My 12 year old has myalgic encephalomyelitis, more commonly known as Chronic Fatigue Syndrome or ME/CFS. There are a quite a few symptoms, but in my son the biggest ones are lack of energy and brain fog.
When his older brother started solving cubes, Z took it up too. He can solve a cube, but isn’t nearly as fast as his brother is.
Next Sunday, he will be attending his competition as a competitor.
Because of his ME/CFS, we have had to plan things carefully. On Saturday, the only thing he has is a piano lesson. The rest of the day will be quiet so he can have energy for the next day. He will be going to his dad’s on Saturday night, so we need to make sure he has an early night.
Solving a cube may not take much energy for most people, but for Z, mental exertion can be just as tiring as physical exertion. This means we have had to restrict the events he can sign up for. He has chosen to enter the 2x2x2 and 3x3x3 events and doesn’t expect to get through to a second round. Brain fog may also impact on his times…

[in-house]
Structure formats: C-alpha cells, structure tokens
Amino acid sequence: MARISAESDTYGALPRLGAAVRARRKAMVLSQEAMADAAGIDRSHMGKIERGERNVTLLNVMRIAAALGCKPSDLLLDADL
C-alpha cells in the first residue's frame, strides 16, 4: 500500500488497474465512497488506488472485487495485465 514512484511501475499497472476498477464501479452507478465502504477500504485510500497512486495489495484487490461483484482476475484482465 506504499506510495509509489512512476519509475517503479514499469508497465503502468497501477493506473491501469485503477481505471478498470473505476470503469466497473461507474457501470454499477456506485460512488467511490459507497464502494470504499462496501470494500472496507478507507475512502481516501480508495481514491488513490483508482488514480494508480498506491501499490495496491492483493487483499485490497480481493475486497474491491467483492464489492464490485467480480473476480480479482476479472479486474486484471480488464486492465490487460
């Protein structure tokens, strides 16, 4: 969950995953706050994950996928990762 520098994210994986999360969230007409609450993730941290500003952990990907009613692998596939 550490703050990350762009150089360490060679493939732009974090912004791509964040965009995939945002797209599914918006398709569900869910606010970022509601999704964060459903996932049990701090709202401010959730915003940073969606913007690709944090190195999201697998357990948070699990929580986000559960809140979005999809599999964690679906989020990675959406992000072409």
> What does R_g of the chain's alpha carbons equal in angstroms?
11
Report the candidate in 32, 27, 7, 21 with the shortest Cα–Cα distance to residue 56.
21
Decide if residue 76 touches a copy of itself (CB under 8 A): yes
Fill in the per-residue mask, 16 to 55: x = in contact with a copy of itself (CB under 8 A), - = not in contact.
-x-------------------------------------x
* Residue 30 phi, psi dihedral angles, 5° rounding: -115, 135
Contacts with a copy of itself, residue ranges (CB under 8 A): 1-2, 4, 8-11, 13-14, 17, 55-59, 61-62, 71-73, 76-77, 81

Add to this the excitement of a competition, all the people, noise, and cubing. This can drain energy too. The last competition we went to, he was exhausted by the end of the lunch break and was glad to go home, even though he really wanted to stay.
Instead of spending the whole day at the competition, I will be picking him up at lunchtime so he can rest, hopefully able to go to school the next day.
I’m posting this here as part of the Millions Missing campaign. My 12 year old is missing the fun and excitement of being a full participant in these competitions. I am grateful for the program he did last year with the Royal Children’s Hospital that helps us plan for these events so he can participate for at least part of it.